from The American Heritage® Dictionary of the English Language, 4th Edition
- n. The act or process of splitting into parts.
- n. A nuclear reaction in which an atomic nucleus, especially a heavy nucleus such as an isotope of uranium, splits into fragments, usually two fragments of comparable mass, releasing from 100 million to several hundred million electron volts of energy.
- n. Biology An asexual reproductive process in which a unicellular organism divides into two or more independently maturing daughter cells.
- transitive v. To cause (an atom) to undergo fission.
- intransitive v. To undergo fission.
from Wiktionary, Creative Commons Attribution/Share-Alike License
- n. The process whereby one item splits to become two.
- n. The process of splitting the nucleus of an atom into smaller particles; nuclear fission
- n. The process by which a bacterium splits to form two daughter cells.
- v. To cause to undergo fission.
- v. To undergo fission.
from the GNU version of the Collaborative International Dictionary of English
- n. A cleaving, splitting, or breaking up into parts.
- n. A method of asexual reproduction among the lowest (unicellular) organisms by means of a process of self-division, consisting of gradual division or cleavage of the into two parts, each of which then becomes a separate and independent organisms; as when a cell in an animal or plant, or its germ, undergoes a spontaneous division, and the parts again subdivide. See Segmentation, and Cell division, under Division.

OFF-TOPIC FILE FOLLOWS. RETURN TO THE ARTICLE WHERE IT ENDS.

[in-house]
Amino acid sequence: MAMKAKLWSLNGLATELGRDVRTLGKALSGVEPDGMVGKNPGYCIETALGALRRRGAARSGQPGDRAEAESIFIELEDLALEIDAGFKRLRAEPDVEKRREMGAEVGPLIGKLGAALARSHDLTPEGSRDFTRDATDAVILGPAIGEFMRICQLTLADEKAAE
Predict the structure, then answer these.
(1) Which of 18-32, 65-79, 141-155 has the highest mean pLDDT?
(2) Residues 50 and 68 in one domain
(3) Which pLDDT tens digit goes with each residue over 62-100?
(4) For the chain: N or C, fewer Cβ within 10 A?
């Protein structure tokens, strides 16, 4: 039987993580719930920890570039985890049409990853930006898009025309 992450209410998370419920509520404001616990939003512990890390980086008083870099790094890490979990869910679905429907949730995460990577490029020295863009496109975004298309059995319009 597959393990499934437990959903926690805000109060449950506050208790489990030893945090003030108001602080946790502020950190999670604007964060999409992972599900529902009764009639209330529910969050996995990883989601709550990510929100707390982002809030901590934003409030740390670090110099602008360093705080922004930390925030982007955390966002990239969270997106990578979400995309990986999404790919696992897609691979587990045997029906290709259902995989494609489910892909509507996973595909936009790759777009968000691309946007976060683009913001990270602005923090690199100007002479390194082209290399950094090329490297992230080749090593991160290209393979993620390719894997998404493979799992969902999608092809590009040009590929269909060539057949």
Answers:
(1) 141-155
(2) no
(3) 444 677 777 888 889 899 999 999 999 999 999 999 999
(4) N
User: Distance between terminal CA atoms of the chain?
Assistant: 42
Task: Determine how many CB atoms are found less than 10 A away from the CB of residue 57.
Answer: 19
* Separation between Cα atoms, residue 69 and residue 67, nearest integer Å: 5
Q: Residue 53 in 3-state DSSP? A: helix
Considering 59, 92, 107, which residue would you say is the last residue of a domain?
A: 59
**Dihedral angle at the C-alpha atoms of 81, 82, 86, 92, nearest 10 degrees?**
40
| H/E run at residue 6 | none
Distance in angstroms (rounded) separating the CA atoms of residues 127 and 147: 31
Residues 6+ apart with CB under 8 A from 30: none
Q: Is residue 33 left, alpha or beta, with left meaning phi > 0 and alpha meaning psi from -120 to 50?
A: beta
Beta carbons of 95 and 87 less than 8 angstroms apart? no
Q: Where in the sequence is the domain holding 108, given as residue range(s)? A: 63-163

- n. A process by which certain coral polyps, echinoderms, annelids, etc., spontaneously subdivide, each individual thus forming two or more new ones. See Strobilation.
- n. The act or process of disintegration of an atomic nucleus into two or more smaller pieces; called also nuclear fission. The process may be spontaneous or induced by capture of neutrons or other smaller nuclei, and usually proceeds with evolution of energy.
from The Century Dictionary and Cyclopedia
- n. The act of cleaving, splitting, or breaking up into parts.
- n. In biology, the automatic division of a cell or an independent organism into new cells or organisms; especially, such division as a process of multiplication or reproduction. Also fissuration. See cut under Paramecium.
from WordNet 3.0 Copyright 2006 by Princeton University. All rights reserved.
- n. a nuclear reaction in which a massive nucleus splits into smaller nuclei with the simultaneous release of energy
- n. reproduction of some unicellular organisms by division of the cell into two more or less equal parts
When an organ becomes divided it receives at the hands of descriptive botanists the appellations cleft, partite, or sect, according to the depth of the division; hence in considering the teratological instances of this nature, the term fission has suggested itself as an appropriate one to be applied to the subdivision of an habitually entire or undivided organ.
(1878-1968) interpreted the fission of uranium (the term fission is another Copenhagen contribution), in terms of the "liquid drop model."
Once we secure all that, I hope that we can figure out how to use it in fission reactors to create electricity of be batteries for deep space probes (for where solar panels won't generate enough power).
Nuclear fission is neither clean nor safe nor unlimited.
I think nuclear fission is a bad way to get energy.
The discovery of nuclear fission is very momentous and indeed dangerous, but even more, it is full of promise.
Nuclear fission is one of the major discoveries of all time, and the circumstances of its birth have inevitably done much to impress the layman with the destructive rather than the constructive powers of the science that brought it into being.
[...] Nuclear Fission: Fusion may be commercially available by 2040 if we’re lucky, but fission is here today.
- Nuclear power is produced by harnessing the heat produced by the splitting of atoms inside uranium - a process known as fission.
Nuclear fission occurs when heavy atoms such as uranium or plutonium split into smaller, lighter atoms, releasing neutrons and energy.